Is bigger always better?
American Indians living in the eastern United States played a pivotal role. The hundreds of Mohawk nation iron workers included in the 3,000 workers did not have a fear of heights. They would dance on I-beams 650 to 984 feet in the air, showing particular adroitness at tightening rivets. Because of their efforts, the first 100-story building was completed in less than 400 days in 1931.
The construction of a 100-story skyscraper was unfathomable only 40 years prior, considering architects were building 10-story residential buildings at the time. The 10-story Home Insurance Company Building (1884-85) in Chicago was the first to use steel-girder construction, and it is considered the first high-rise office building. Buildings prior were stone and brick, making it impossible to rise above 10 stories because of the load.
The competition to construct the tallest building in the world grew fervent with the architectural advancements of the late 20th century. In 1972, the World Trade Center, which collapsed after the September 11, 2001 attacks, replaced the Empire State Building as the tallest building, in the world, soaring to a height of 1,368 feet. Two years later, the Sears Tower in Chicago (1,450 feet) took over that title. Later, the tallest buildings in the world came from Asia. The title of tallest building shifted quickly from the Petronas Twin Towers in Kuala Lumpur (1,483 feet) in 1998 to the Shanghai World Financial Center (1,614 feet) in 2004, and finally to the Taipei 101, which is currently the tallest skyscraper in the world (1,671 feet).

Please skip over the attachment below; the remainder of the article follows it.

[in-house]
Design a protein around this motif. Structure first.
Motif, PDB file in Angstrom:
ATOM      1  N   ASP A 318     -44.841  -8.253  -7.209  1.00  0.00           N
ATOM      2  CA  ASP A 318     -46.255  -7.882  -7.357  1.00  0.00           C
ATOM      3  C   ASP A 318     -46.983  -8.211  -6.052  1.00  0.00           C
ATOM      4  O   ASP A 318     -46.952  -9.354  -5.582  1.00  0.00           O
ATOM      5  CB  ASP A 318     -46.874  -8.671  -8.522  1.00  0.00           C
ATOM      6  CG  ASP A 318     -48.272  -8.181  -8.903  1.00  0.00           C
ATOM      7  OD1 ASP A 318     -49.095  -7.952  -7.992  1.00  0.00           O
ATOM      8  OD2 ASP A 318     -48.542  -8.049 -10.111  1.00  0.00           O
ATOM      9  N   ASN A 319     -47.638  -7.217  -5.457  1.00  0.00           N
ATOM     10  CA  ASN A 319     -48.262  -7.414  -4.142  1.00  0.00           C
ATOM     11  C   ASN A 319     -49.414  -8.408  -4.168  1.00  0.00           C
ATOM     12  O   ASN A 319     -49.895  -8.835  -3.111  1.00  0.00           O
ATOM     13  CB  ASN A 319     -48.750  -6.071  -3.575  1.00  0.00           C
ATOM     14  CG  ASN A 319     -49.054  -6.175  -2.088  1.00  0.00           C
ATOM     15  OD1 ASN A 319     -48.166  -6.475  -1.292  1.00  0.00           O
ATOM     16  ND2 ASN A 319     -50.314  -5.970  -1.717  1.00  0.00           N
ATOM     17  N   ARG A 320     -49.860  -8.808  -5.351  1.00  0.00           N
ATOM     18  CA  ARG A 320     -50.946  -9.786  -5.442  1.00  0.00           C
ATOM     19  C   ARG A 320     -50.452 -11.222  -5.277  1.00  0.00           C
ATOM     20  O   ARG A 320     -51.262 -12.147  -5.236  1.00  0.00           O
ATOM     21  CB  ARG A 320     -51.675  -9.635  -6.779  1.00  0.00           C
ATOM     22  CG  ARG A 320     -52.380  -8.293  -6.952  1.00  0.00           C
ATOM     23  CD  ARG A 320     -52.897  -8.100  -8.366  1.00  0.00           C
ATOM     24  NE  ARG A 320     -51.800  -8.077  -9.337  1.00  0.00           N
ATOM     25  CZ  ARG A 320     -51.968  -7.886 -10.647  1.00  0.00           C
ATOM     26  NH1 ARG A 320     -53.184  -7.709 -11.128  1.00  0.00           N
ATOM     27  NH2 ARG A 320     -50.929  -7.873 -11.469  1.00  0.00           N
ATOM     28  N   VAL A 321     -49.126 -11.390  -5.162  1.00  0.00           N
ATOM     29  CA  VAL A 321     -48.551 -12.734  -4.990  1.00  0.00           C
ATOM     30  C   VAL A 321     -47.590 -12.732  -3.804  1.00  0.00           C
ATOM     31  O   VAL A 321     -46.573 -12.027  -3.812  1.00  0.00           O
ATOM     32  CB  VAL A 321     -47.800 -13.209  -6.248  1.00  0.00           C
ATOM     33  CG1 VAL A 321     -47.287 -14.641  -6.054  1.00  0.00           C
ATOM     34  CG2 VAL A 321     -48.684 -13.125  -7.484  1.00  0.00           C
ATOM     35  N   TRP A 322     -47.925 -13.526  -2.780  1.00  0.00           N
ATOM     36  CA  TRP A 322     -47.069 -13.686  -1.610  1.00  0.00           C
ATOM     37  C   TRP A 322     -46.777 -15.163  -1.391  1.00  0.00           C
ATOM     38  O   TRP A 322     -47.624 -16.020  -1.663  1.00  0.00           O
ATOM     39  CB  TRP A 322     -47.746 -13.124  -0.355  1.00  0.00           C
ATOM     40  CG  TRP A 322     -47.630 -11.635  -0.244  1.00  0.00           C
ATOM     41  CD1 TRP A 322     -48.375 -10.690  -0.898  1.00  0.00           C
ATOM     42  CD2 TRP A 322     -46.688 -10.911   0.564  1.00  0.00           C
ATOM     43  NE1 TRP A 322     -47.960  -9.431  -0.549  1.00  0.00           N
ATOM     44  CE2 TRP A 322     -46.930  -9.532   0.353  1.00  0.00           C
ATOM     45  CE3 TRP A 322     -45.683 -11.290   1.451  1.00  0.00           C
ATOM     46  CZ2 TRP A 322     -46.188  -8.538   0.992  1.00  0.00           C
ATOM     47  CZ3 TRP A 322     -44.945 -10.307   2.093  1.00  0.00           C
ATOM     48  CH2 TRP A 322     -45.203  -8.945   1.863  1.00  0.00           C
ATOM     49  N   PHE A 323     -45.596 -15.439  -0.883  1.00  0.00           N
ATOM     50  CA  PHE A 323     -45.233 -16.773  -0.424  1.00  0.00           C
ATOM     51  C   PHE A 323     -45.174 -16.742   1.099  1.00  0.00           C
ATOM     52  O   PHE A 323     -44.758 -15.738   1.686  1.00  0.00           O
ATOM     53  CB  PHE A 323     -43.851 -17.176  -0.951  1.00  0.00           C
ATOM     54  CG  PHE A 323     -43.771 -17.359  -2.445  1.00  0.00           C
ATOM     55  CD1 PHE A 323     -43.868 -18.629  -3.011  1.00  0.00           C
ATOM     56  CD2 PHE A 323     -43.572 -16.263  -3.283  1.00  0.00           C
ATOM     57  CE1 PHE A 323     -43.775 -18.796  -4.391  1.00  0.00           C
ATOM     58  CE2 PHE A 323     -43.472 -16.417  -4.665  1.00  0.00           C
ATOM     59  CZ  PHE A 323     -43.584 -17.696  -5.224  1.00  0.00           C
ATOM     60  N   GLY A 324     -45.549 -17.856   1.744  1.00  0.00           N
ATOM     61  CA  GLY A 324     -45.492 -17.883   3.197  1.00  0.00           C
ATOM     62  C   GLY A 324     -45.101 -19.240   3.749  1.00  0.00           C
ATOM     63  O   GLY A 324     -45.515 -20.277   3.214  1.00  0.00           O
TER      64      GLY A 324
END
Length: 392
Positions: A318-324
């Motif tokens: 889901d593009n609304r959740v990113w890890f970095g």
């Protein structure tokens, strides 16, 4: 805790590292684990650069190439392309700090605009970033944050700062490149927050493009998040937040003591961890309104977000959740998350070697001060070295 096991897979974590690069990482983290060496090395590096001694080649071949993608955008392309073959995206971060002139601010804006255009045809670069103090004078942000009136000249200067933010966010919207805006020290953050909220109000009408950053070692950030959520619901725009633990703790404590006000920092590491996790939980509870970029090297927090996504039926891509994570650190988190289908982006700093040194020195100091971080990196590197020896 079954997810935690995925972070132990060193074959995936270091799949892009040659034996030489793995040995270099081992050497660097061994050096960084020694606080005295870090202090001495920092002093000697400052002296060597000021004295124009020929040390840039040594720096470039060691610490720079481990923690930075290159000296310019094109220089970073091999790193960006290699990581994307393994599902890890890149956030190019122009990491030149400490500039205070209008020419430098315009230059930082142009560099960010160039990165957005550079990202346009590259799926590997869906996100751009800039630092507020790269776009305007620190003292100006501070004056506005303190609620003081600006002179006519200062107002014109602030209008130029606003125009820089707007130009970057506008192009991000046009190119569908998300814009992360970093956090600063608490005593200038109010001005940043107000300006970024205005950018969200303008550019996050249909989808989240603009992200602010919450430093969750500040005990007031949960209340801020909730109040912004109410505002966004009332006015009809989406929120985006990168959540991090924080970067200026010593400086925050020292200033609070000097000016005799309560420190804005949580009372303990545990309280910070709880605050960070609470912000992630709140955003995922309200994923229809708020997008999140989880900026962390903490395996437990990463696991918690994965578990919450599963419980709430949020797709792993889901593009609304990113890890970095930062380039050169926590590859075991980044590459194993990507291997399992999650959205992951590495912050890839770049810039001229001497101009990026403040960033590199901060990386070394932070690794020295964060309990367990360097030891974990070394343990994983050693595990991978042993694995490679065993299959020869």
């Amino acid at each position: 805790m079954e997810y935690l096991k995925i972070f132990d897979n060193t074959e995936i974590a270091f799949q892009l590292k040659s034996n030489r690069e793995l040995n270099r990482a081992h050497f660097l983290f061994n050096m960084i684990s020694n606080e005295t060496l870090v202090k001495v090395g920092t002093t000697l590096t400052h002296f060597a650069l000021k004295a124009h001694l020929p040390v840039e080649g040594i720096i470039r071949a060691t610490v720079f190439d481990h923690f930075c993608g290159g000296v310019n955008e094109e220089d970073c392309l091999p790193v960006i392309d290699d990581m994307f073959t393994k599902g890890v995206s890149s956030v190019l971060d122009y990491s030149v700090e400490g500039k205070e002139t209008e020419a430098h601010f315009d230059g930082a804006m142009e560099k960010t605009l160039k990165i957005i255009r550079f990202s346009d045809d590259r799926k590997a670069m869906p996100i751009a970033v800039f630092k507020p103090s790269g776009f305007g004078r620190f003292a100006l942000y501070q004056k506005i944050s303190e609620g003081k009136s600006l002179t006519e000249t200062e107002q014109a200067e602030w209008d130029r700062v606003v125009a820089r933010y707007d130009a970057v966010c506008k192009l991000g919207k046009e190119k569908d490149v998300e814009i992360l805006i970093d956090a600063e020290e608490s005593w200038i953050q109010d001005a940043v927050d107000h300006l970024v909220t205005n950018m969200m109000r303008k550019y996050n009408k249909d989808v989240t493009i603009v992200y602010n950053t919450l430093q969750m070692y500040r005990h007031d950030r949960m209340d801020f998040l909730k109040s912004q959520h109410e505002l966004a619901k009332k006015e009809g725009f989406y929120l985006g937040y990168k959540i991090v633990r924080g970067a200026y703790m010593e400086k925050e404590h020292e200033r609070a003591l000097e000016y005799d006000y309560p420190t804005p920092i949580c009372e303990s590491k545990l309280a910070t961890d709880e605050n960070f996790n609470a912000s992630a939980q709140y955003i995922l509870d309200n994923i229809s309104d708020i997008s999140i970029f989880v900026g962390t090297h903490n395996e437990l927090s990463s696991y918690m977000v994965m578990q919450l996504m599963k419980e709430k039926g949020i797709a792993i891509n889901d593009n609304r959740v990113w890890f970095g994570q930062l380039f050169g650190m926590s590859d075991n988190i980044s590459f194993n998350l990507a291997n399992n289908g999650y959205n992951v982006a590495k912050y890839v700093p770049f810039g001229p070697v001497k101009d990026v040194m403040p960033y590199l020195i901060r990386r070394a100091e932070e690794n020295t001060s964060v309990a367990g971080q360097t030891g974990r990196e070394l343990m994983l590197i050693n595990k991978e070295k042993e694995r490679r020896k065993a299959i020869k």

Samsung Engineering & Construction is currently building the Burj Dubai, a 160-story skyscraper, in the Middle East, which will be 984 feet higher than the previous record holder, soaring to 2,640 feet. The big cities of Korea have shrugged off their fear of heights, recently announcing plans to build skyscrapers that are at least 100 stories high. Public opinion backs the idea of constructing a 100-story landmark building that will compliment Seoul’s burgeoning status in Northeast Asia.
The New York Times interpreted the fervor for skyscrapers in Asia as being a “reflection of the intense desire to quickly become an advanced nation.” They warn against excessive impatience. It is worth noting that the United States and European nations have already transcended competition to build the tallest building and have redirected their focus to the design and practicability of buildings.
*The writer is a deputy business editor of the JoongAng Ilbo.
By Hong Seung-il [firstname.lastname@example.org]